Mason:

Good point.

Stephanie Hazel:

And so when I have students that are taking these really low dose herbs and they're sitting with every day, it's like when someone's doing a dieta out in the jungle and all they're doing is sitting with the plant, sitting with the plant, sitting with the plant, there's a way that I believe the plant responds to that. And whether that's just that we become more sensitive because we're directing our energy there, or whether the plant itself is like, yeah, thanks for the respect, I'm going to come and talk to you. I'm not sure which one of those is true, but there's something that happens that the depth of experience people have in those processes is not what I would expect if I just gave a friend a cup of mugwort tea when she was over. I'd be quite shocked if, maybe if all the circumstances were perfectly lined up, it could be the trigger that tipped repressed memories to come out, right?

Mason:

It's a great, great point. Absolutely amazing point. Oh, there's so much juicy stuff. I'm excited for everyone who's going to be doing the course and for everyone listening to, sometimes I forget, I was just talking to a few people in my team, how after 13 years, 12 and a half years, I think at this point in the same business, I forget that now, even though I've talked about some aspects so many times and I'm bored of talking about certain parts of herbalism, or that now's just the time when there's a few people who are starting to clock onto this. And so nice for me to have this conversation and reclaim it as a part of SuperFeast, to know that, I don't think everyone realises how fortunate we are to be able to have courses here based in Australia, but from people around the world to be able to do this.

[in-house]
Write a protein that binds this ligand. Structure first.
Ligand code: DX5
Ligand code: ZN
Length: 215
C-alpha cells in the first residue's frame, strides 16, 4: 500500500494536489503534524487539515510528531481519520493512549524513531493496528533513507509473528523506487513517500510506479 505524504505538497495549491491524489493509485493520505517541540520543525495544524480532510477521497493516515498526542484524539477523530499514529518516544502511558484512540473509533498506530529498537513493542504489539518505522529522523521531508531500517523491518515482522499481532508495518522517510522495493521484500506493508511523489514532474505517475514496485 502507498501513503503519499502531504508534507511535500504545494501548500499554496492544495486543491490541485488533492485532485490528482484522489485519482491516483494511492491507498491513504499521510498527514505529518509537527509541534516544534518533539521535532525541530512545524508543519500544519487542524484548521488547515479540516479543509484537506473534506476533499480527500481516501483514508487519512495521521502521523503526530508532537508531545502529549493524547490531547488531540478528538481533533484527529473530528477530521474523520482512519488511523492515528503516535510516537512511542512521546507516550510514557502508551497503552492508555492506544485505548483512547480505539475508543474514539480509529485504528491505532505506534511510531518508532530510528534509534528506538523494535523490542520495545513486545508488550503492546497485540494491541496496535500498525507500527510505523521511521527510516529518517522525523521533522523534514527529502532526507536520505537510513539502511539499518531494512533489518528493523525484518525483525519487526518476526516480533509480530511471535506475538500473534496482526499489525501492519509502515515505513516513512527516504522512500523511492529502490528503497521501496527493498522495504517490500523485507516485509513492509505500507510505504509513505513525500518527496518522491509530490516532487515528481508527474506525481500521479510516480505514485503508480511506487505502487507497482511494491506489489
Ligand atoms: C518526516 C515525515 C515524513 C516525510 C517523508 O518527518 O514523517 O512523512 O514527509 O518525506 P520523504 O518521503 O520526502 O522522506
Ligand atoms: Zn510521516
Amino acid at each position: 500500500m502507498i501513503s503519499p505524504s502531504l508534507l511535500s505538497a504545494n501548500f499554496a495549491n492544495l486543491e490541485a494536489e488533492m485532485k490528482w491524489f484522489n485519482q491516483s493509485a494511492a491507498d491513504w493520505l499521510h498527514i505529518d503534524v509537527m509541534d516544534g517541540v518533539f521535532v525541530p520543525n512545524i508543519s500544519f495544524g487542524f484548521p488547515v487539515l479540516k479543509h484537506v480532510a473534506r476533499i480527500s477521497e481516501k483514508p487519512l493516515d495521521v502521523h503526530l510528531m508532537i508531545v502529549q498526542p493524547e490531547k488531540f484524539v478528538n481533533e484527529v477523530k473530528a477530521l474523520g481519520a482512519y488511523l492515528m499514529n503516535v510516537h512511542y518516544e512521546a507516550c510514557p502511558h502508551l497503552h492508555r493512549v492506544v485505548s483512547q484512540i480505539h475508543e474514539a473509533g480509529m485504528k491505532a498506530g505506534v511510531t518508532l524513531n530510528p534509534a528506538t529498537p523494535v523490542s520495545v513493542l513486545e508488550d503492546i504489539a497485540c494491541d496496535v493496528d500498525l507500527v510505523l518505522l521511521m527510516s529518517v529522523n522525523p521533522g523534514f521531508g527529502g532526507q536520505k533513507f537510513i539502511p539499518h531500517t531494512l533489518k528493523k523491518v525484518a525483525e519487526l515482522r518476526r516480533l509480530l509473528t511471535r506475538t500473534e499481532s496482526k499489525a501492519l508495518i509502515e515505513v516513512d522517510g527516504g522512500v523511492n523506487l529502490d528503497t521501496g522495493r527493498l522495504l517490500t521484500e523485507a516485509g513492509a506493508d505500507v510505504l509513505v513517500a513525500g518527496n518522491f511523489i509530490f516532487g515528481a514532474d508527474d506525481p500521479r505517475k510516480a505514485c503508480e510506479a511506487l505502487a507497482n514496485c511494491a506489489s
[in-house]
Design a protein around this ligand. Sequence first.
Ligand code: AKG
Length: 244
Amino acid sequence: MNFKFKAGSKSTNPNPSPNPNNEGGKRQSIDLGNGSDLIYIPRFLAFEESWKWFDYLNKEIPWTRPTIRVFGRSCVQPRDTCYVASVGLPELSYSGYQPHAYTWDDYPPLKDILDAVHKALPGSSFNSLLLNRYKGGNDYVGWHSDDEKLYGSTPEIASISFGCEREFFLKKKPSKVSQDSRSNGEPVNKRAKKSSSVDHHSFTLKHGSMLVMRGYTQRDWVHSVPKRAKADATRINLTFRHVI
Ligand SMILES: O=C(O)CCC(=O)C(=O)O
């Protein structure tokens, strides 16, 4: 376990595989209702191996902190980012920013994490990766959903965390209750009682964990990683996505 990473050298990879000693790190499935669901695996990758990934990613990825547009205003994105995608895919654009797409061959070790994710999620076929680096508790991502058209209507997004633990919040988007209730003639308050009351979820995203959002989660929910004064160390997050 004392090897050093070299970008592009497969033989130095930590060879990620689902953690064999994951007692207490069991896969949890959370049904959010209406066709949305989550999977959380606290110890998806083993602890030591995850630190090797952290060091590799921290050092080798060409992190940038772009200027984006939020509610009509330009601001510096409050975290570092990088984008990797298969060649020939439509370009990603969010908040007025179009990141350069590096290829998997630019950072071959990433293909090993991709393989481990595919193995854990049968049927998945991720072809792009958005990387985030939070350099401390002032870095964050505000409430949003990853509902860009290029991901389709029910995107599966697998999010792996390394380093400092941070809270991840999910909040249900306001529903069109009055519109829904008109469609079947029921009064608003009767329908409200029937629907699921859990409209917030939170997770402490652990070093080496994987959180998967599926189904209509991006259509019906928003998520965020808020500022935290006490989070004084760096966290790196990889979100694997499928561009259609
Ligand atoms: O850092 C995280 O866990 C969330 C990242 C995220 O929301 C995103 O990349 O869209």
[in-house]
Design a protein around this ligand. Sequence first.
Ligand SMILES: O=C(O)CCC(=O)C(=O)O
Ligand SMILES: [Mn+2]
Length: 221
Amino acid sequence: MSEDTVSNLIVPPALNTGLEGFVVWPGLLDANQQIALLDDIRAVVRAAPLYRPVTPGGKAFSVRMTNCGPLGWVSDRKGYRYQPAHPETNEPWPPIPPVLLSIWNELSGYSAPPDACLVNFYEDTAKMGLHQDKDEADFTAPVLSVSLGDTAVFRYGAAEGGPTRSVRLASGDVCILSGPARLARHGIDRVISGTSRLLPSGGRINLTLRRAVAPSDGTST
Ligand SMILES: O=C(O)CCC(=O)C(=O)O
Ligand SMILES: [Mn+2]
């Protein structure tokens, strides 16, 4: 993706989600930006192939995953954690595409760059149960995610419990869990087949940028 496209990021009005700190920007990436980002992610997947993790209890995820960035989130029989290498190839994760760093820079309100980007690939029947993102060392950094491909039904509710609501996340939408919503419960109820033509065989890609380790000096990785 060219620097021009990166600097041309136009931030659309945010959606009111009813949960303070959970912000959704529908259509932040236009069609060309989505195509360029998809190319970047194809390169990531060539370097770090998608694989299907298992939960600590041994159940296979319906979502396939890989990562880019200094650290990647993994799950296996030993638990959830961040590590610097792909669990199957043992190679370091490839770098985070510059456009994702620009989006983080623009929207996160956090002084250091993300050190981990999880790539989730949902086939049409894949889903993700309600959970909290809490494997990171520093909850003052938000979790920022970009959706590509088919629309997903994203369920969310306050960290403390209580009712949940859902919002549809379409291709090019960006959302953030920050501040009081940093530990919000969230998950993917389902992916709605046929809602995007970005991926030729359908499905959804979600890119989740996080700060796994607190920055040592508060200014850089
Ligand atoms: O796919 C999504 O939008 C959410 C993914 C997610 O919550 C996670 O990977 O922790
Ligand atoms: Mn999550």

This isn't stuff like getting taught in universities, and it's not something that you can just be like, oh my God, that sounds awesome. After reading Stephen Buhner's books, I'm just going to start teaching it. It doesn't even happen like that. So I'm really excited-

Stephanie Hazel:

It's hard to even do it, just like reading Stephen Harrod Buhner's books, and in a way, the first group I made was because I was like, I don't think I can do this on my own. And so it is something in the community of practise and in the facilitated process that's almost, that's really necessary I think, in discovering this kind of work. Not that people can't do it on their own or make their own groups. Go for it, but it's not that easy to do just from reading a book because it's not an intellectual mind practise.

Mason:

So beautiful. Remind everyone again of the best place for them to go and check out the offerings and sign up.

Stephanie Hazel:

Yeah, great. So you can go to StephanieHazel.com.au and they'll see it under the courses tab, there's the two options. The Plant Allies six weeks and the four-month Wild Edge of Herbalism. You can also, there's a spot my website to book in a phone call with me. Because you can share that link with someone just like, I'm interested, but I just want to work out if it's for me, I brought a bunch of questions, then they can just book in a call and I can have a chat to them.

I appreciate there are some intellectual hurdles involved in that process. So there's space there. I'm really passionate about this, happy to talk about it. And we start on the 25th of March, which is a Monday, so I know that's about two weeks after this releases, so if you're interested in doing this, then move fast.

Mason:

Amazing. Enjoy everybody. Thanks so much for coming and having a chat. I really enjoyed it.

Stephanie Hazel:

So juicy. Thanks Mason.

Mason:

Heck yeah, definitely part two. I know sometimes everyone, I say that and I just have a throw away, kind of like, we're having a part two... We're actually going to do a part two, everyone. So if there are any topics that we haven't covered, maybe even that, we'll send them through and we'll keep a collection of questions that you might have for Steph.

All right, see you later.